The top of your game
Following the global financial crisis, businesses have reduced the bottom line as much as they can. They now need to look at ways of growing top line revenue by breaking into adjacent markets and exploring other areas of their businesses value chain. The changing role of the CIO The rapid uptake of technologies such as cloud computing will see the role of the CIO change from one of being an expert in the technologies they manage on a day-to-day basis to becoming a manager of relationships. The modern day CIO will need a different skillset – one that is more business oriented and will see IT making a significant contribution to meeting business goals, rather than focusing purely on delivering the technology. The challenge for the IT manager will be how these applications are secured, managed and integrated back into the business to enable effective collaboration. The flip side of this is that the shift away from employing technology experts to perform the role of the CIO may lead to missed opportunities through ignorance of the latest trends and developments in the technology industry. CIOs will be relying on their outsourcing partners to be their experts and will need to ensure that contracts are detailed and specific in terms of due diligence, security, access and identification. Organisations could, at worst, leave themselves at risk of breaches and become uncompetitive as they lag behind in technology. Virtualisation and cloud computing – what’s next? Organisations can expect increasing structure in the management and adoption of virtualisation technologies. IT managers will face a real challenge in learning to manage multiple virtualisation technologies including sever, desktop and application. We will also start to see a blurring between virtualisation and the cloud, with public and private clouds, as both technologies continue to evolve, leading to more choice and greater access. There will also be a shift in the way businesses think about cloud computing as we move away from justifying a return on investment (ROI), which has been proven, to new challenges involved in implementation and management including security. We have already witnessed some success with Google and Microsoft in terms of hosted email, but in 2011 it will be all about moving applications to a hosted environment. CIOs will also need to be able to build business cases that demonstrate what benefits cloud computing can offer to the business beyond ROI. Part of this process will involve identifying which applications to move to the cloud. CIOs need to consider contained applications that are not vertically integrated with other line-of-business applications as the ones to migrate first. Once that has been demonstrated the actual process of migrating can be relatively seamless. The problem lies in the fact that because uptake is relatively new, most businesses are only half way through the process, as such it is difficult to show whether the business case has been met. It will be another year or so before success in these terms is really able to be measured and quantified. What can the cloud really do for my business? Although virtualisation has given businesses some cost efficiencies, it hasn’t delivered the cost savings businesses first expected. With the reducing cost of disk space and server infrastructure, businesses have taken on extra servers leading to virtualisation sprawl, where the number of virtual machines on a network reaches a point where the CIO can no longer manage them effectively. What virtualisation did deliver, however, was the ability for businesses to be more nimble. We will see a shift away from "It’s going to save the business money”, to "It will give the business the ability to expand into new markets and provide greater flexibility”, completely changing the game. CIOs and businesses really need to consider how they can use this to their advantage. Making any further reductions to the bottom line would only be foolish, leading to a loss of valuable employees and resources, which means looking for opportunities to grow the top line by leveraging cloud computing. Take the explosion of online shopping as an example. It is essentially the cloud version of the shopping centre expanding into new markets and leveraging technology to grow. It enables retailers to:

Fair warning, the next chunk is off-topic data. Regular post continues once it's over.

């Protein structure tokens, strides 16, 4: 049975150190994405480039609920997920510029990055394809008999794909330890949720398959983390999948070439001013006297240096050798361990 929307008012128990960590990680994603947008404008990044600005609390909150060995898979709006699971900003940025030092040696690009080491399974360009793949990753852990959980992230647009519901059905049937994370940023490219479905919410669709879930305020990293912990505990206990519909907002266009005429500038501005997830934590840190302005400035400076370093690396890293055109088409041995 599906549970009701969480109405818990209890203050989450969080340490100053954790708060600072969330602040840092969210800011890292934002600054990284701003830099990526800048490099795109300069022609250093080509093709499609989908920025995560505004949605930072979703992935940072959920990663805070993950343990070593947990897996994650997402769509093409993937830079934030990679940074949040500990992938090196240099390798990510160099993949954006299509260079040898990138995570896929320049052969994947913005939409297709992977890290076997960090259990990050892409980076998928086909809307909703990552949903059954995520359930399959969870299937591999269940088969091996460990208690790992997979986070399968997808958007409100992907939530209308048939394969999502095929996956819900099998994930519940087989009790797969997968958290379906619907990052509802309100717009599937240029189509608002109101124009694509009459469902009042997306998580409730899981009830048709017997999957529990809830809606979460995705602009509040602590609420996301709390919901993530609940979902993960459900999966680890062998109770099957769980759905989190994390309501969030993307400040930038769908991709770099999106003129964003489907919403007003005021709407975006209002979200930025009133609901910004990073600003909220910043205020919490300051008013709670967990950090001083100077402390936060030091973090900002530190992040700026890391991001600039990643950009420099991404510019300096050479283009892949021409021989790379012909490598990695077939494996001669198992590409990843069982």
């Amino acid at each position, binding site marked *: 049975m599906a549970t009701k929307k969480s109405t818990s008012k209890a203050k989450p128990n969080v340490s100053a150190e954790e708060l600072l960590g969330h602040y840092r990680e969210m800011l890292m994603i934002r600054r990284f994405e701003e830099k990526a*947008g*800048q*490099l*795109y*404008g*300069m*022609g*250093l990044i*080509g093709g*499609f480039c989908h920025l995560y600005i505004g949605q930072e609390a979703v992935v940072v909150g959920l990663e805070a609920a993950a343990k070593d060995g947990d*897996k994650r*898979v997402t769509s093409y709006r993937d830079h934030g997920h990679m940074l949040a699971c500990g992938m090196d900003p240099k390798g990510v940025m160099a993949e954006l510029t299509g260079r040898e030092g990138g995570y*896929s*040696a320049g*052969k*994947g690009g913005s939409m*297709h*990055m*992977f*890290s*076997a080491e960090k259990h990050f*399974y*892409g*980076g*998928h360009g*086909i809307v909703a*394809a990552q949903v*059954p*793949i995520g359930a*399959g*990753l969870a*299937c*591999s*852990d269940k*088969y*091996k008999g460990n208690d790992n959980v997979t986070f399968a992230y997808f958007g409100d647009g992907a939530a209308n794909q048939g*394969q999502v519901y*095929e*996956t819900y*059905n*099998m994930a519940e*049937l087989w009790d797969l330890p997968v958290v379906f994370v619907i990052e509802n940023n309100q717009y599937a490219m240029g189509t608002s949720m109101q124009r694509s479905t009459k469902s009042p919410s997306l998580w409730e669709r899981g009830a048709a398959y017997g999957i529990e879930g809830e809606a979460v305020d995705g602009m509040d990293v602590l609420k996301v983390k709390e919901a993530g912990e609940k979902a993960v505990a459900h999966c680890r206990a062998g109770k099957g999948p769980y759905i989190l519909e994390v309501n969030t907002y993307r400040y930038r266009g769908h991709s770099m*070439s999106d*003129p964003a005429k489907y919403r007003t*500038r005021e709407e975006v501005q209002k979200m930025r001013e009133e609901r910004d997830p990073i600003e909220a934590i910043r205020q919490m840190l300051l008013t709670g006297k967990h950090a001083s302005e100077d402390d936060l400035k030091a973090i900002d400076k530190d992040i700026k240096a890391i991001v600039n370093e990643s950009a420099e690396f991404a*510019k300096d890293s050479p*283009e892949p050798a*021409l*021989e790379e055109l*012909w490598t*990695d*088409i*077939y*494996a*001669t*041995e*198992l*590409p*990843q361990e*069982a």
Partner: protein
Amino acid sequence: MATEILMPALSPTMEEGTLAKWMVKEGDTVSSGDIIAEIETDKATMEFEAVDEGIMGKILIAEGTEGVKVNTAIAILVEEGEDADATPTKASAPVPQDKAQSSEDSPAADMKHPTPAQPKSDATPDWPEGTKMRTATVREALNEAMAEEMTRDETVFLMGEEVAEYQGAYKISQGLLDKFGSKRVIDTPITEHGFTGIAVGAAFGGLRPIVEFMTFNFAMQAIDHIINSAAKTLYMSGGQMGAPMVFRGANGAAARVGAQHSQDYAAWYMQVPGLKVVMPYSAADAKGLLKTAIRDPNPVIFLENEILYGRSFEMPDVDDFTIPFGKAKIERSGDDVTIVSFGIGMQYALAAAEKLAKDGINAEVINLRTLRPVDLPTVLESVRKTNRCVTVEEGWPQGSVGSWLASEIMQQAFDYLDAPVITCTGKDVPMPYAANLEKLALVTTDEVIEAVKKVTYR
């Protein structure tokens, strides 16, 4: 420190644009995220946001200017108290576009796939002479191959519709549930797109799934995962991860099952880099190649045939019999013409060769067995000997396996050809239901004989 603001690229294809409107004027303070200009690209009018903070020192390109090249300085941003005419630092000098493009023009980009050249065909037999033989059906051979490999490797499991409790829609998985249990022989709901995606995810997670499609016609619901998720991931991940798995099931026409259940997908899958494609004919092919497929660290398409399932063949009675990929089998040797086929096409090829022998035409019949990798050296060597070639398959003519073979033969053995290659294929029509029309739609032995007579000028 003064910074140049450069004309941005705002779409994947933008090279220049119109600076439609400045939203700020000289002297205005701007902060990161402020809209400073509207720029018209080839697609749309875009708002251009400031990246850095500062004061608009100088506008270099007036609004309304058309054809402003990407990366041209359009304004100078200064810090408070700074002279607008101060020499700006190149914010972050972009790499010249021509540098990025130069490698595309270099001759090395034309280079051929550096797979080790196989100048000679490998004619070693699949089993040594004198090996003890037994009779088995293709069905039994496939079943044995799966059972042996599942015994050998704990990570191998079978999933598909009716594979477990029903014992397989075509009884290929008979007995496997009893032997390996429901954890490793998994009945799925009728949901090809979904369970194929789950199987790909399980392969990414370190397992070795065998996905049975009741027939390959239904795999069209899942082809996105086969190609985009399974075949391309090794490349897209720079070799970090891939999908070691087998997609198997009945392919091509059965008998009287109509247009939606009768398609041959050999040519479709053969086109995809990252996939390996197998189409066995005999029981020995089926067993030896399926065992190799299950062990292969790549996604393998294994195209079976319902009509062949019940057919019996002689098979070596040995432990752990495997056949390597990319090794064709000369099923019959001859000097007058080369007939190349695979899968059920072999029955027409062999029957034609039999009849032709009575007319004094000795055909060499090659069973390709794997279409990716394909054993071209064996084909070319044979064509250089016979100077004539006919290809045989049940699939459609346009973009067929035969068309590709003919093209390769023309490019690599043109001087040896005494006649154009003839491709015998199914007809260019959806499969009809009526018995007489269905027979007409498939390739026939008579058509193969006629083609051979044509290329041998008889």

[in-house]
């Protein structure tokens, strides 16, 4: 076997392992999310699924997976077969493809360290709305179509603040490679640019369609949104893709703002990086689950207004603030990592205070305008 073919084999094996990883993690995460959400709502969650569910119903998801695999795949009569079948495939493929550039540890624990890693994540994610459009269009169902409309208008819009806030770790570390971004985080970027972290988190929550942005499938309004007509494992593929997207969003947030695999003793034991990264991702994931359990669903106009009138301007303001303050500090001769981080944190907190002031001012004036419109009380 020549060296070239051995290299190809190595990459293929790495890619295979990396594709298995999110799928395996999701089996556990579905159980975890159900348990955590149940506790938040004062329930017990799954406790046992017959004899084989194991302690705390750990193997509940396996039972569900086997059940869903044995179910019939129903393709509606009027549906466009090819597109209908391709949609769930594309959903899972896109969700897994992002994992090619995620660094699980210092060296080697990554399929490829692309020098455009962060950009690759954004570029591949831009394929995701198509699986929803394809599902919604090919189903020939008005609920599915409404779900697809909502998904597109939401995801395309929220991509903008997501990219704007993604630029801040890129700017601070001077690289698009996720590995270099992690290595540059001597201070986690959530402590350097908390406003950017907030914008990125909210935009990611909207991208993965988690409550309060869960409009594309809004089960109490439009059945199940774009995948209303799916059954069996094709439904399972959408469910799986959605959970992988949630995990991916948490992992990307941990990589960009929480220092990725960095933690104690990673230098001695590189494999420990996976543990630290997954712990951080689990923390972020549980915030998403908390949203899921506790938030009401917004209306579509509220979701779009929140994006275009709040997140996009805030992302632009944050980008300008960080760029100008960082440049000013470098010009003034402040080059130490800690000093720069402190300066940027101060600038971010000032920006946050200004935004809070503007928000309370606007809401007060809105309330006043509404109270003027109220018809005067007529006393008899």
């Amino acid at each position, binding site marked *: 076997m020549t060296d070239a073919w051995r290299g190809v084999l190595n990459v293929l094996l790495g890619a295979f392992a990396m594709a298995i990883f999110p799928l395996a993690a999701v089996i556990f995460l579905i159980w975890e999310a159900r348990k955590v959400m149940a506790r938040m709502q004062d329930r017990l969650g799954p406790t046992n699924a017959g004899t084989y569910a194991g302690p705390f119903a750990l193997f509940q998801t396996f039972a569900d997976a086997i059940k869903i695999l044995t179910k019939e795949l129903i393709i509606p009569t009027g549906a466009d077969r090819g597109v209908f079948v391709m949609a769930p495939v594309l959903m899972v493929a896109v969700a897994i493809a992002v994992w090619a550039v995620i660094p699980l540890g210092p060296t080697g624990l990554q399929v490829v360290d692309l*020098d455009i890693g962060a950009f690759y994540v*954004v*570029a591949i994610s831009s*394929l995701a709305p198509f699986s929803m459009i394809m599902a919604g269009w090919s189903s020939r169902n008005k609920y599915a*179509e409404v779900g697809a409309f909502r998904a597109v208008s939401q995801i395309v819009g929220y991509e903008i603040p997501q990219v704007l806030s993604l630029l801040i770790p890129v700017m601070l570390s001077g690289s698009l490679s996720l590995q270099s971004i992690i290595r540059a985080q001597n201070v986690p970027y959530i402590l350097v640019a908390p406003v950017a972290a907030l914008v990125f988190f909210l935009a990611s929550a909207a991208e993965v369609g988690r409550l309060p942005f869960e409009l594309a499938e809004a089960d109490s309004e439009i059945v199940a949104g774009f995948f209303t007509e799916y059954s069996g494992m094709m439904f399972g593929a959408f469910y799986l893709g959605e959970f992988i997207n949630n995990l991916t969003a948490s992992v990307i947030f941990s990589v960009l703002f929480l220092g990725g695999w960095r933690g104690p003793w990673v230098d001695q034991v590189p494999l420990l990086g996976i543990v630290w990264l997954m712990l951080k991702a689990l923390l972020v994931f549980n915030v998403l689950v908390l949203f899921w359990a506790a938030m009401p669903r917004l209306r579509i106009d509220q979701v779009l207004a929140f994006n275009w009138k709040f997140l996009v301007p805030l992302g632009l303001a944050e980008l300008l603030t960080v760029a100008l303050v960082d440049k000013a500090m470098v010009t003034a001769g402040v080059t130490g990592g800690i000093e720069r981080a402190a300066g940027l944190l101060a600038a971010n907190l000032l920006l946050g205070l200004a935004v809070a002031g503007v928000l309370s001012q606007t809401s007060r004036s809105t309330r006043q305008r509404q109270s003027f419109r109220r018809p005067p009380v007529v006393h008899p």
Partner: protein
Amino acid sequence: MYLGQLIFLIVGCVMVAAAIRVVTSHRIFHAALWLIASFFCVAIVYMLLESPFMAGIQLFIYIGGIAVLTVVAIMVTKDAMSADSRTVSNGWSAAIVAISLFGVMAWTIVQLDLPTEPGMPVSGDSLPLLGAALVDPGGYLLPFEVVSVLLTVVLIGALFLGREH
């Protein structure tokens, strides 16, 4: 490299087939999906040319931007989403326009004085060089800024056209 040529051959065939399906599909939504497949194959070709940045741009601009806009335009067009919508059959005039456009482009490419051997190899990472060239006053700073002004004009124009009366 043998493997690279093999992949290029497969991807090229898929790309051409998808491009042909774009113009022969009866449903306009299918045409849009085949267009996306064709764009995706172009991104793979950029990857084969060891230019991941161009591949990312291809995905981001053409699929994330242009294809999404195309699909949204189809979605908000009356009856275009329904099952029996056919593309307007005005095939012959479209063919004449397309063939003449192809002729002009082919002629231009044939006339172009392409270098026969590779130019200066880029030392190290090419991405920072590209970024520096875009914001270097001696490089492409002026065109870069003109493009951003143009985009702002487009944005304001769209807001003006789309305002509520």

- Reach more people more quickly.
- React to competitors pricing schedules rapidly.
- Try new things.
- Respond instantly.
- Roll out new offers.